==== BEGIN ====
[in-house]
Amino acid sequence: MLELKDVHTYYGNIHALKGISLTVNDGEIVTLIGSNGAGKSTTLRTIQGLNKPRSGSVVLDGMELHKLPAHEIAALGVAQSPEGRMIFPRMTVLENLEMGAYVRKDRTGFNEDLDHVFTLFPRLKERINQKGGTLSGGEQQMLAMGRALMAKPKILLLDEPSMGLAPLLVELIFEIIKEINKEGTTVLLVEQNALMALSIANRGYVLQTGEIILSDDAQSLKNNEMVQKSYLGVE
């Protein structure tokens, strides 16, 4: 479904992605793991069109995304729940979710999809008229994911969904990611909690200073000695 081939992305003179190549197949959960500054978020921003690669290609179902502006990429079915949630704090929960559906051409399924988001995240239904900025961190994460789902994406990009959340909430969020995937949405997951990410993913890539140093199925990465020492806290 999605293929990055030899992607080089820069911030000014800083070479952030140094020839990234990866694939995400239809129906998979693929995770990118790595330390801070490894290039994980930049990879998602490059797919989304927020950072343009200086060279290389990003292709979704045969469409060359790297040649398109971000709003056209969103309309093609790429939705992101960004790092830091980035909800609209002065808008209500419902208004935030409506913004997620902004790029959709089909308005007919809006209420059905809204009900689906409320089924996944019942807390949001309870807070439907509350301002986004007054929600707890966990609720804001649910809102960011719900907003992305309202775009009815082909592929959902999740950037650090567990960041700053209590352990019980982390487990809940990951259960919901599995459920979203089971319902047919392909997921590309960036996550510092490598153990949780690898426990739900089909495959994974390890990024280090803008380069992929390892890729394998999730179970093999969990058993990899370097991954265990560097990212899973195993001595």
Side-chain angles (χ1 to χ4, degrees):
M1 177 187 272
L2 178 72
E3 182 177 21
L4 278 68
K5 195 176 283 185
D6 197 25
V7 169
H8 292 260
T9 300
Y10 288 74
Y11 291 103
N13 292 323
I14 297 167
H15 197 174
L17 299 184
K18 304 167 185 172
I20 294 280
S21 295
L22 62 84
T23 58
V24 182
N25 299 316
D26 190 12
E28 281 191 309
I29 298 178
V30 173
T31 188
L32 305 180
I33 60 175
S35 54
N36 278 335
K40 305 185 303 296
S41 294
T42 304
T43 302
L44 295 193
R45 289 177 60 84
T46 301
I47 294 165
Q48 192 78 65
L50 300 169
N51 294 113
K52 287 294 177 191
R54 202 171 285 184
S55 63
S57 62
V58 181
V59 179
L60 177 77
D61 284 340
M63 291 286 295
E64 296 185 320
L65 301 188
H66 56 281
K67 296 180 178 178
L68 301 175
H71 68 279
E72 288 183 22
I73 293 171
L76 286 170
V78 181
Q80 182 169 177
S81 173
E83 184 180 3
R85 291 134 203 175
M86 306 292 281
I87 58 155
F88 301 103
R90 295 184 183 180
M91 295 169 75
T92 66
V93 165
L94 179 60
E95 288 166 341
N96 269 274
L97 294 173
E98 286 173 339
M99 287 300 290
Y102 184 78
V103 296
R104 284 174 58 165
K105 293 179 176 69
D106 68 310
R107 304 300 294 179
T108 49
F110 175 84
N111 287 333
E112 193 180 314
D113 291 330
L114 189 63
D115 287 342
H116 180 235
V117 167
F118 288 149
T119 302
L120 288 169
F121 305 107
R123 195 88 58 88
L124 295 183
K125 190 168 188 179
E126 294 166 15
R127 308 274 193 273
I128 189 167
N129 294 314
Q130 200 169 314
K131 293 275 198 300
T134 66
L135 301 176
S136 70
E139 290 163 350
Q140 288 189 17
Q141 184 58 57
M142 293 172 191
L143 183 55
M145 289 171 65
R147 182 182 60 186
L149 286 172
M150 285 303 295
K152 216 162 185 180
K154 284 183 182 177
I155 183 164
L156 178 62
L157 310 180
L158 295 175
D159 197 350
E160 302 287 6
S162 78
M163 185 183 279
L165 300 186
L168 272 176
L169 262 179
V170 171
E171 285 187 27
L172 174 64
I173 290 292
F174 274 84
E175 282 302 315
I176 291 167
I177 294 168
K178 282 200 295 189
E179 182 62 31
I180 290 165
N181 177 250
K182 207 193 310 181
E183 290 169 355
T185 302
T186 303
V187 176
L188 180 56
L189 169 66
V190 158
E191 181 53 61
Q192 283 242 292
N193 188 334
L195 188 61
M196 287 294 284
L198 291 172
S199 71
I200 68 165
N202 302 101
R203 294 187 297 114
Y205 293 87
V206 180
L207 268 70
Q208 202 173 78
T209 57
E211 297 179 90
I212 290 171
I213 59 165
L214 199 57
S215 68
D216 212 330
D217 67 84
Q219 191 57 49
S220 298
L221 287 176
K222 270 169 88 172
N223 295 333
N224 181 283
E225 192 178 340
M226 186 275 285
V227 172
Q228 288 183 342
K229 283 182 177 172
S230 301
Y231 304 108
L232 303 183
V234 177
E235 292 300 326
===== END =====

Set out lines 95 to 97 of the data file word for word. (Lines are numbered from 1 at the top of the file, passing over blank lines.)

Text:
D115 287 342
H116 180 235
V117 167